Rep. Sheila Jackson Lee reveals she's been diagnosed with pancreatic cancer. Here's what to know about the disease.

Rep. Sheila Jackson Lee shared on social media that she's been diagnosed with pancreatic cancer.
Rep. Sheila Jackson Lee shared on social media that she's been diagnosed with pancreatic cancer. (Reuters/Callaghan O'Hare)

Rep. Sheila Jackson Lee is battling pancreatic cancer, she shared in a June 2 social media post. Jackson Lee, a Democrat representing Texas, said that she is “currently undergoing treatment to battle this disease that impacts tens of thousands of Americans every year.” The 74-year-old congresswoman, who is a breast cancer survivor, added that she is “confident that my doctors have developed the best possible plan to target my specific disease."

Pancreatic cancer is typically associated with a poor prognosis, making it one of the most dreaded cancer diagnoses. That said, survival rates have been slowly and steadily ticking up and promising new treatments are on the horizon. Here’s what to know about the disease.

Located deep in the abdomen, the pancreas plays an important role in digestion and produces insulin, a hormone that is critical to controlling blood sugar levels. But, like most organs, it can develop cancer if cells mutate and start to multiply out of control. The late Jeopardy! host Alex Trebek, Supreme Court Justice Ruth Bader Ginsburg and actor Patrick Swayze are among the notable celebrities who were diagnosed with pancreatic disease.

It’s the 10th most common form of cancer in the United States, according to the Pancreatic Cancer Action Network (PanCAN) and is the third-leading cause of cancer-related deaths, behind lung and colorectal cancers. “In 2024, an estimated 66,440 Americans will be diagnosed with the disease,” PanCAN president and CEO Julie Fleshman tells Yahoo Life. Nearly 52,000 Americans are expected to die of pancreatic cancer in 2024.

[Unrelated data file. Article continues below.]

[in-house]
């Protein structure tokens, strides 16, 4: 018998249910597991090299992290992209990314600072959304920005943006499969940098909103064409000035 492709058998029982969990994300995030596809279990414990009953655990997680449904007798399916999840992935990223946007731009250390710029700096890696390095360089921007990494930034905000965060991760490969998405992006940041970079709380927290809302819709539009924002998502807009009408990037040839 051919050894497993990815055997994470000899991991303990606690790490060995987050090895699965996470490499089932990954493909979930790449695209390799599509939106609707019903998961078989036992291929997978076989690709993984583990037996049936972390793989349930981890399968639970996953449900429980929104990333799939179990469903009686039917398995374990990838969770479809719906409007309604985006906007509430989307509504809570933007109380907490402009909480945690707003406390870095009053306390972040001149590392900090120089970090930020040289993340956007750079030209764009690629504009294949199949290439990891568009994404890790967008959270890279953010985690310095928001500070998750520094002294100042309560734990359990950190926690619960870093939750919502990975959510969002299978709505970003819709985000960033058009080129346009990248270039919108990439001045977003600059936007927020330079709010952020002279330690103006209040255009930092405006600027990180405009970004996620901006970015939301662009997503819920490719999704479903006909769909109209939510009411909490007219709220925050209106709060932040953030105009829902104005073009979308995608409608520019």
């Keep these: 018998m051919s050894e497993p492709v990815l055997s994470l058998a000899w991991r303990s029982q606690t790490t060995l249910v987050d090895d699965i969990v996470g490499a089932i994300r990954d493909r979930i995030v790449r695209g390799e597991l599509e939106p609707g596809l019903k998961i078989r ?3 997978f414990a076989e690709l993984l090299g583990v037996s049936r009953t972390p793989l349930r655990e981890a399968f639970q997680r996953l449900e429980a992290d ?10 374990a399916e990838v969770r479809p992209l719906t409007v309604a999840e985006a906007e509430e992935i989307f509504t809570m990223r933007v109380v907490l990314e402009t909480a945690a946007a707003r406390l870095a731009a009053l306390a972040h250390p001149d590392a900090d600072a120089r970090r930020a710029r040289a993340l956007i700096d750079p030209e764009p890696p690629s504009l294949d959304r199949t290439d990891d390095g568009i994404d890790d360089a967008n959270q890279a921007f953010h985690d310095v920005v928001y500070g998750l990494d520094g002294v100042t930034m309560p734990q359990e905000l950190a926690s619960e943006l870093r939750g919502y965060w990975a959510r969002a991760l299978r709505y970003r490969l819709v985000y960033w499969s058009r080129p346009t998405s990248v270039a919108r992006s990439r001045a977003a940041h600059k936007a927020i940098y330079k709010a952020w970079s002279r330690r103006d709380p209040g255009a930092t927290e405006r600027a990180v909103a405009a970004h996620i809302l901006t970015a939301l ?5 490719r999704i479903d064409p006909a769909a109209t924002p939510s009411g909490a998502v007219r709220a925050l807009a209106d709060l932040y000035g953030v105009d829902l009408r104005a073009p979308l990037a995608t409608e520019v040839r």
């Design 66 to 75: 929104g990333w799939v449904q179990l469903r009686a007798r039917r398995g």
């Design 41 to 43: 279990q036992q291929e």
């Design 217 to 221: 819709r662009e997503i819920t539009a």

Like other cancers, rates increase with age. Although the disease is more common among older people, as well as men, rates have been rising among women under 55. “It’s not fully understood why, but potential factors could be obesity and shifts in the racial and ethnic demographics” of the U.S., says Fleshman, whose father died of pancreatic cancer in 1999. The disease also disproportionately affects Black Americans, like Jackson Lee. Nearly 16 out of every 100,000 Black Americans develop pancreatic cancer, compared to 13.4 out of every 100,000 white Americans, according to Johns Hopkins University.

“Part of our problem with the symptoms of this disease is that they tend to be more nonspecific than, for example, blood in the stool [indicating] you need a colonoscopy, or a lump in the breast, [indicating] you need a mammogram, Dr. Brian Wolpin, co-director of the pancreas and biliary tumor center at the Dana-Farber Cancer Institute, tells Yahoo Life. The disease’s subtle symptoms include:

  • Abdominal discomfort: Having new abdominal pain that persists or gets worse can be a sign of the disease.

  • Unexplained weight loss: “If you’re losing weight and you don’t know why (you’re not exercising more or eating differently),” that can be a sign of pancreatic cancer, Wolpin says.